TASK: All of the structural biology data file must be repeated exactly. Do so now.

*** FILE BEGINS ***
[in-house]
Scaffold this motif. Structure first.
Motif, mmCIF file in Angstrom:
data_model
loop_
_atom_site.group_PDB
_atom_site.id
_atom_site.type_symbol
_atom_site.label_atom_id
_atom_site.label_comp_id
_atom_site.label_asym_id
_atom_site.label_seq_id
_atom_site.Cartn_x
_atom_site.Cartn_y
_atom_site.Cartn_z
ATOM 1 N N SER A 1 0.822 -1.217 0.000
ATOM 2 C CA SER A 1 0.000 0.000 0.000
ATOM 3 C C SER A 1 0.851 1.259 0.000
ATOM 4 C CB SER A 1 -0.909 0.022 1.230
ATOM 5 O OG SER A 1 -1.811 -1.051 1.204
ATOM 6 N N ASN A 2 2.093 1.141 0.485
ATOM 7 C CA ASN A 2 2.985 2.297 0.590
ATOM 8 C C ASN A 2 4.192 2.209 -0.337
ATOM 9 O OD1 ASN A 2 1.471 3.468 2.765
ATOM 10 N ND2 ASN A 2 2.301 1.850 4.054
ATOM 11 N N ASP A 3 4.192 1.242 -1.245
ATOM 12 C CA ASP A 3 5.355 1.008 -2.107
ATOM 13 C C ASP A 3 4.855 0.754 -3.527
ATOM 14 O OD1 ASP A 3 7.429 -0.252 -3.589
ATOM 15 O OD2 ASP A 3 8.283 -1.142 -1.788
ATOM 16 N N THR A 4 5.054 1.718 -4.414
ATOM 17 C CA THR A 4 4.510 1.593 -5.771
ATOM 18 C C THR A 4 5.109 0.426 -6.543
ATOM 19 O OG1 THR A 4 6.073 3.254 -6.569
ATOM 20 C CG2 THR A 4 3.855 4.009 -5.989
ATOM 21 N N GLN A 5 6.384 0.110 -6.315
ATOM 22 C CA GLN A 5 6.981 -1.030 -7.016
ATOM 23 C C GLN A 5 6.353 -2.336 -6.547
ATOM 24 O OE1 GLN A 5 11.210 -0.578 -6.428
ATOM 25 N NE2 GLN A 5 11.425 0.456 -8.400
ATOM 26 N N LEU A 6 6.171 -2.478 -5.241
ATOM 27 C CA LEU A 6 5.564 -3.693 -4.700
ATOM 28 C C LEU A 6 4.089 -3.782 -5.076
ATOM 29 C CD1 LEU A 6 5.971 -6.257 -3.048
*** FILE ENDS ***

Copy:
[in-house]
Scaffold this motif. Structure first.
Motif, mmCIF file in Angstrom:
data_model
loop_
_atom_site.group_PDB
_atom_site.id
_atom_site.type_symbol
_atom_site.label_atom_id
_atom_site.label_comp_id
_atom_site.label_asym_id
_atom_site.label_seq_id
_atom_site.Cartn_x
_atom_site.Cartn_y
_atom_site.Cartn_z
ATOM 1 N N SER A 1 0.822 -1.217 0.000
ATOM 2 C CA SER A 1 0.000 0.000 0.000
ATOM 3 C C SER A 1 0.851 1.259 0.000
ATOM 4 C CB SER A 1 -0.909 0.022 1.230
ATOM 5 O OG SER A 1 -1.811 -1.051 1.204
ATOM 6 N N ASN A 2 2.093 1.141 0.485
ATOM 7 C CA ASN A 2 2.985 2.297 0.590
ATOM 8 C C ASN A 2 4.192 2.209 -0.337
ATOM 9 O OD1 ASN A 2 1.471 3.468 2.765
ATOM 10 N ND2 ASN A 2 2.301 1.850 4.054
ATOM 11 N N ASP A 3 4.192 1.242 -1.245
ATOM 12 C CA ASP A 3 5.355 1.008 -2.107
ATOM 13 C C ASP A 3 4.855 0.754 -3.527
ATOM 14 O OD1 ASP A 3 7.429 -0.252 -3.589
ATOM 15 O OD2 ASP A 3 8.283 -1.142 -1.788
ATOM 16 N N THR A 4 5.054 1.718 -4.414
ATOM 17 C CA THR A 4 4.510 1.593 -5.771
ATOM 18 C C THR A 4 5.109 0.426 -6.543
ATOM 19 O OG1 THR A 4 6.073 3.254 -6.569
ATOM 20 C CG2 THR A 4 3.855 4.009 -5.989
ATOM 21 N N GLN A 5 6.384 0.110 -6.315
ATOM 22 C CA GLN A 5 6.981 -1.030 -7.016
ATOM 23 C C GLN A 5 6.353 -2.336 -6.547
ATOM 24 O OE1 GLN A 5 11.210 -0.578 -6.428
ATOM 25 N NE2 GLN A 5 11.425 0.456 -8.400
ATOM 26 N N LEU A 6 6.171 -2.478 -5.241
ATOM 27 C CA LEU A 6 5.564 -3.693 -4.700
ATOM 28 C C LEU A 6 4.089 -3.782 -5.076
ATOM 29 C CD1 LEU A 6 5.971 -6.257 -3.048